UK forces tested, rejected psychic techniques
Remote viewing far-fetched
Britain’s military spent taxpayers' money to test out “remote viewing” as recently as 2002, only to conclude the technique had little value.
According to the BBC documents secured through the Freedom of Information act show the MoD initially sought to recruit professional psychics to take part in the research, failing to foresee that the pros tend to steer clear of men in white coats.
Consequently, Whitehall’s finest drafted in volunteers who were subjected to a rigorous program of research which involved blindfolding them and asking them to guess what was in a series of envelopes
The research, the cost of which was a vertigo inducing £18,000 apparently, was seen as a ringing endorsement for psychic warfare, with the volunteers managing a “close guess” at the contents of the envelope just 28 per cent of the time.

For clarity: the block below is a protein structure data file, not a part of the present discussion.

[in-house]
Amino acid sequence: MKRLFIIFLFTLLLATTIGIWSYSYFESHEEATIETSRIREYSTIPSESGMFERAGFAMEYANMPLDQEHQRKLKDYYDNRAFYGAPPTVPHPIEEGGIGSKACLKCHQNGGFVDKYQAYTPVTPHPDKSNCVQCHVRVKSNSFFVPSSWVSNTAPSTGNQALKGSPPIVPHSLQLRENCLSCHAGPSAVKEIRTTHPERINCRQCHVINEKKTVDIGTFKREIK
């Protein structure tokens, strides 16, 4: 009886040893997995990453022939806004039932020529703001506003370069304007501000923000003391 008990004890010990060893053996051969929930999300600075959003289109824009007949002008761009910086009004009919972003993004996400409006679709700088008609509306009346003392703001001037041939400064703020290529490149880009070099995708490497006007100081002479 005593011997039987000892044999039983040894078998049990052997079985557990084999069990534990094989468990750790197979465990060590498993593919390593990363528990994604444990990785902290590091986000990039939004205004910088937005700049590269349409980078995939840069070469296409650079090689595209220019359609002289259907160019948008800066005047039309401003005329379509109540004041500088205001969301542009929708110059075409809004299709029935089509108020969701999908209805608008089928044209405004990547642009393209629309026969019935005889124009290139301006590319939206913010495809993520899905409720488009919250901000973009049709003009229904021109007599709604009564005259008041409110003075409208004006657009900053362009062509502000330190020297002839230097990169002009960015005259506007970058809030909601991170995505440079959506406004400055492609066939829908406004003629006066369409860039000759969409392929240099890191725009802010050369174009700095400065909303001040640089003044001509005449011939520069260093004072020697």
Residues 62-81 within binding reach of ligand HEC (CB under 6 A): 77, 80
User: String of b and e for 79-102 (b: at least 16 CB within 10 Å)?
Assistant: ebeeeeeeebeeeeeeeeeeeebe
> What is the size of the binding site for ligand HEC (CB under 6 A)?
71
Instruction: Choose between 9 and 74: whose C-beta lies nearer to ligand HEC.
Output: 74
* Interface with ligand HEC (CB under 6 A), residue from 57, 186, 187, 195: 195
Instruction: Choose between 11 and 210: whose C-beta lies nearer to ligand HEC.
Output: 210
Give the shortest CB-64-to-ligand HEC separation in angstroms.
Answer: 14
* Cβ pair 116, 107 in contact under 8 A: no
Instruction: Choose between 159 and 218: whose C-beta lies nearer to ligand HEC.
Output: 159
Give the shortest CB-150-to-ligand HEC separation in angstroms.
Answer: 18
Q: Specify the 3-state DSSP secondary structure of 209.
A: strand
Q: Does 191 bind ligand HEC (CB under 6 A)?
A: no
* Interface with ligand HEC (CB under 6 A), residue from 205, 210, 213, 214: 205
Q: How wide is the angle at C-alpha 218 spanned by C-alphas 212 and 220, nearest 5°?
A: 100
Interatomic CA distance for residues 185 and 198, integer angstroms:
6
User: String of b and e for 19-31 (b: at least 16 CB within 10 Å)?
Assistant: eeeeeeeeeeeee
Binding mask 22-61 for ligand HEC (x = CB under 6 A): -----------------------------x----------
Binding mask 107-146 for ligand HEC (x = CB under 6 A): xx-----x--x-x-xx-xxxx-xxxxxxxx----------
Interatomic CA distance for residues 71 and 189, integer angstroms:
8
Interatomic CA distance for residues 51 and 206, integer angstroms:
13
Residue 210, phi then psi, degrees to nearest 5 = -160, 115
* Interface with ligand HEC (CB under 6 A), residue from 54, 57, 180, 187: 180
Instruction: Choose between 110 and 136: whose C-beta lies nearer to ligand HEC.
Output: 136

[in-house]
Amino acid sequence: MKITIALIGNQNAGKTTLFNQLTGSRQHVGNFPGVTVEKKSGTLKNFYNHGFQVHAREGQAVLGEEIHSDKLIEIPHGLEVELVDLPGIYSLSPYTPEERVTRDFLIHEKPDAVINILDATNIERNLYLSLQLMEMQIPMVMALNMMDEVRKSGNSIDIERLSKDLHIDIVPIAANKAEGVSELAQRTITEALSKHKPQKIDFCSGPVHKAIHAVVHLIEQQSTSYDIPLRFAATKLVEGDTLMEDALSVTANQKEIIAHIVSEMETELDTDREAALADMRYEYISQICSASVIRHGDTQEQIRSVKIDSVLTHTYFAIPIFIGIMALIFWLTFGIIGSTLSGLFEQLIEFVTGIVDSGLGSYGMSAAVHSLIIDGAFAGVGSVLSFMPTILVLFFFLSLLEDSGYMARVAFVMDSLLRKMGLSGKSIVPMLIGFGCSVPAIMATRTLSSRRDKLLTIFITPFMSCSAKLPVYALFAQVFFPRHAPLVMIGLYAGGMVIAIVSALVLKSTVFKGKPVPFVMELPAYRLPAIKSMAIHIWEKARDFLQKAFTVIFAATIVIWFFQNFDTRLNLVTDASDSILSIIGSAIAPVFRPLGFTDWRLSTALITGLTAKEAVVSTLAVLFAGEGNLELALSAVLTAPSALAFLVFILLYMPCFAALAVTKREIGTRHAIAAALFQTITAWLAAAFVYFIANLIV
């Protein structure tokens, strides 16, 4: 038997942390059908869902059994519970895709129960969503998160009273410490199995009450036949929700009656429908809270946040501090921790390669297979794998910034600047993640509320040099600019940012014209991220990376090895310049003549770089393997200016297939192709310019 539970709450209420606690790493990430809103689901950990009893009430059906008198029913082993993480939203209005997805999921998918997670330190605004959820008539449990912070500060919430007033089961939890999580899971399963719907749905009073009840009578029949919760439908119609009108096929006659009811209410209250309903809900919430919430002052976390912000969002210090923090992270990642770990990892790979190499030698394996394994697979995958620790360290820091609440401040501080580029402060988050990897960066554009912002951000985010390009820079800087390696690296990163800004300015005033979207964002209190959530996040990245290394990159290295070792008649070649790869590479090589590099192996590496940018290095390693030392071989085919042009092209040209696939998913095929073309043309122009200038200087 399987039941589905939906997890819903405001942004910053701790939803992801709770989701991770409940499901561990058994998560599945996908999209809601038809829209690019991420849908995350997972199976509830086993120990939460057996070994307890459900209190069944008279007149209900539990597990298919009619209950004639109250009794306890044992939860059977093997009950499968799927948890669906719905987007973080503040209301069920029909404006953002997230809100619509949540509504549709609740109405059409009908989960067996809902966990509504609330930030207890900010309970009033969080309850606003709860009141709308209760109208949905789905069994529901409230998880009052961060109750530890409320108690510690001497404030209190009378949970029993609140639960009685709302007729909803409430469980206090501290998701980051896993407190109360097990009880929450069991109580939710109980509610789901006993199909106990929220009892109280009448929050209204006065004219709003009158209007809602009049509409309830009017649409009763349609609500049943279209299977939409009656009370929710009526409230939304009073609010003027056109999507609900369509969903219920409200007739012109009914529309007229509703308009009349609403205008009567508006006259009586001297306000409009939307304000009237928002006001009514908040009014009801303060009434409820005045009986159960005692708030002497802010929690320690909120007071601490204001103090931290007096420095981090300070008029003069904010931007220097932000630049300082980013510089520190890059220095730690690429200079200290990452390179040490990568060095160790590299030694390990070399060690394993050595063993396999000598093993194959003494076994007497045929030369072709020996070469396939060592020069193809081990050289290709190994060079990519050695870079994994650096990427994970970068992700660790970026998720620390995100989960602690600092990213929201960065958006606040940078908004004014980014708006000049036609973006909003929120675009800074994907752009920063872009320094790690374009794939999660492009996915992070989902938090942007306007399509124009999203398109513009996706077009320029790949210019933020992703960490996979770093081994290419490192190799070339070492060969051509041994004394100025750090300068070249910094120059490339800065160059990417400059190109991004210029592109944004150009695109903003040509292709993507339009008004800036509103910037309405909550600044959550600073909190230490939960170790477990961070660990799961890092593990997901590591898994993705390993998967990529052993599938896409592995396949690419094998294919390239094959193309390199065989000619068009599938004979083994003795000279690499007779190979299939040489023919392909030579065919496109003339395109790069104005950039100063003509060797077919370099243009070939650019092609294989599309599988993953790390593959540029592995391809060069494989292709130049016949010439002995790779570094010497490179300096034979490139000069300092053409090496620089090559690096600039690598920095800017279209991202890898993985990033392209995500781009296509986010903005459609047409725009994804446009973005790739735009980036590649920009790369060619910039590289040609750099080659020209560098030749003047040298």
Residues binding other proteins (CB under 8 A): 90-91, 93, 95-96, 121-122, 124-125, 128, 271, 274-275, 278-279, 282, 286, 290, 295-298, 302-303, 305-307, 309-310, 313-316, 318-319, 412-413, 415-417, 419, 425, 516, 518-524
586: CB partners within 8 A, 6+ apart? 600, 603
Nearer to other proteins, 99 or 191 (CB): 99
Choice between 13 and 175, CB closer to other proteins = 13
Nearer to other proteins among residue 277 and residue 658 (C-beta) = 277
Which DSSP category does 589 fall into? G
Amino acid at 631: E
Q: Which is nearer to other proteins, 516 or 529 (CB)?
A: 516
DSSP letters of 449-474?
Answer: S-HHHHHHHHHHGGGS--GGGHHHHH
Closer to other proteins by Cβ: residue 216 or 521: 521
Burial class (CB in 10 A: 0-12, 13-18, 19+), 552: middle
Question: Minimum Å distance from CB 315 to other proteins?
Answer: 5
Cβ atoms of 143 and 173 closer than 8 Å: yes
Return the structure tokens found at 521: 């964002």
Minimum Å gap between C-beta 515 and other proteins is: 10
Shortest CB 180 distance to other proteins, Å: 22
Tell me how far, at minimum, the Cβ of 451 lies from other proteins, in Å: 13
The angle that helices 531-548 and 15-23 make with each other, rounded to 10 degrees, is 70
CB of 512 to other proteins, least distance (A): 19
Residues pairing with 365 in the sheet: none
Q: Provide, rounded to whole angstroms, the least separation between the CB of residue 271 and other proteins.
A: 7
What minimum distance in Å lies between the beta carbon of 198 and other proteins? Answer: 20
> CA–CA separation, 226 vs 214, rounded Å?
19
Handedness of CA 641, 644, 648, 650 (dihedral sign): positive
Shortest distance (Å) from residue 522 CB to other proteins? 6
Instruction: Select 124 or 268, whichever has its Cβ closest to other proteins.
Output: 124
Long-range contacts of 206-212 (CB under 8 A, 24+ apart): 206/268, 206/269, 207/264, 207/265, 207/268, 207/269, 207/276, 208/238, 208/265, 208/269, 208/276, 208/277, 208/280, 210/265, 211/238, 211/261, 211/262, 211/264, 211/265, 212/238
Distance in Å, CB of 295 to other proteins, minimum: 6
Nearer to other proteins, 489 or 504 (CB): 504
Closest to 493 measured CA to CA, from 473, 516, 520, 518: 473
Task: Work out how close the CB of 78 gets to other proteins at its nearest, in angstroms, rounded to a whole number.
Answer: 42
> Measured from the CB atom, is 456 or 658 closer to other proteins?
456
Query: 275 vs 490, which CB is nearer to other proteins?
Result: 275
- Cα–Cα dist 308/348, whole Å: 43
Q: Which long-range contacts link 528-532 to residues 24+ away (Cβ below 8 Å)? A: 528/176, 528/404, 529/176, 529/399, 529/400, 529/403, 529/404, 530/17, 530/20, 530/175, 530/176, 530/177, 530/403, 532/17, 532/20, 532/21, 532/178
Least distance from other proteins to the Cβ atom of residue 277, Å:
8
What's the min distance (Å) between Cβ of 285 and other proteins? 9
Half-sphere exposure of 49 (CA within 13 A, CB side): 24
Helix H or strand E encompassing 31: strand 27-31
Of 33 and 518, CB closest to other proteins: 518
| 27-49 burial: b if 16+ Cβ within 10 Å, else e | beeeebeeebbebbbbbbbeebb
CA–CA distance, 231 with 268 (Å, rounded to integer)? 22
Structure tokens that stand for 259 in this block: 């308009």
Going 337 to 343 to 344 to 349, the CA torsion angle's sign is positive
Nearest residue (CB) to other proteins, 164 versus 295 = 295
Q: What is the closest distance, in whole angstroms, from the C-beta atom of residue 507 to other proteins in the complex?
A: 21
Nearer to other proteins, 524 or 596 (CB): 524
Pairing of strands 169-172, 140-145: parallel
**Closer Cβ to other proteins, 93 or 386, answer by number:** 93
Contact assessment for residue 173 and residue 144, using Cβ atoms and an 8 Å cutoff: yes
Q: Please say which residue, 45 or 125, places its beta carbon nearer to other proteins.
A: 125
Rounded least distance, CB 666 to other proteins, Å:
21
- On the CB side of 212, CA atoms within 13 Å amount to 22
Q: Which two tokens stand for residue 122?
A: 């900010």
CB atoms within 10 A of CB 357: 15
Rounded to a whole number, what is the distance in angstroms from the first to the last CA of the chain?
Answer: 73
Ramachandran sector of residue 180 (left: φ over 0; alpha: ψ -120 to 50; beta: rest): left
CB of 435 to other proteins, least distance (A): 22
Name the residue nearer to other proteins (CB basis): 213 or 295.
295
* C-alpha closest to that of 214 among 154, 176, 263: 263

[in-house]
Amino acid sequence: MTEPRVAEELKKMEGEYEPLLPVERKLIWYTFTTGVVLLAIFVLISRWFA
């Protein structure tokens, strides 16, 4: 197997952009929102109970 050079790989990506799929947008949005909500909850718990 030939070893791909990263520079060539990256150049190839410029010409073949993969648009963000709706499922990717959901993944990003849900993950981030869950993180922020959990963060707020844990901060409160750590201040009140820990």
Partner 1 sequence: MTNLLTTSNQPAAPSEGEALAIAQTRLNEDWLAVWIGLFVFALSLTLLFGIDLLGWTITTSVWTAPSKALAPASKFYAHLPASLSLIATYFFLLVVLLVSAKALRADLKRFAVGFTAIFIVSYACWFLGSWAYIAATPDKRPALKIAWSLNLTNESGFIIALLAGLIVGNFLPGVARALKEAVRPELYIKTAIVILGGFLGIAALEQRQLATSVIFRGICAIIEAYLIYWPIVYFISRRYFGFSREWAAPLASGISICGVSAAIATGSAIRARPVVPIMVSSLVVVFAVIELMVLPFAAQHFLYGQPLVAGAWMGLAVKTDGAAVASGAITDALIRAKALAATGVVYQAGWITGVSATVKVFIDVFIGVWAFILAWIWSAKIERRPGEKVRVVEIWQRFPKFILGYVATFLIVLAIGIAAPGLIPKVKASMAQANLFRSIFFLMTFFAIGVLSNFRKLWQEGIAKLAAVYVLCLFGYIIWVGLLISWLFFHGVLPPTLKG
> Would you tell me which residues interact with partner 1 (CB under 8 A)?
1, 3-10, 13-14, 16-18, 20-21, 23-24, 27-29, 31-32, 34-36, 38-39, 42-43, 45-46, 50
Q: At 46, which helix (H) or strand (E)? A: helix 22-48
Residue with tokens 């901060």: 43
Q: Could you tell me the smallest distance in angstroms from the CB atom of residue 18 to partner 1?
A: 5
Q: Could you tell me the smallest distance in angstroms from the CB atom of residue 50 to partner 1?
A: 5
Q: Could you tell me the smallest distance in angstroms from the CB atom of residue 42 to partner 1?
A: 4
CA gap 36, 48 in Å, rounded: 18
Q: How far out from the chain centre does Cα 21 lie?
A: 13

Why the UK wasted thousands of pounds of tax payers’ money investigating remote viewing is a mystery. After all, the US military has already wasted millions of dollars of their taxpayers’ cash conducting its own table tapping research, without much to show for it. Not even a WMD or two.
Perhaps something spooked Whitehall into thinking the Americans were, after all, able to remotely view and even control people thousands of miles away, for example in a small sidestreet near the Palace of Westminster. But this is patent nonsense, at least according to the voices in our heads.®
Sponsored: Evolution of the Hybrid Enterprise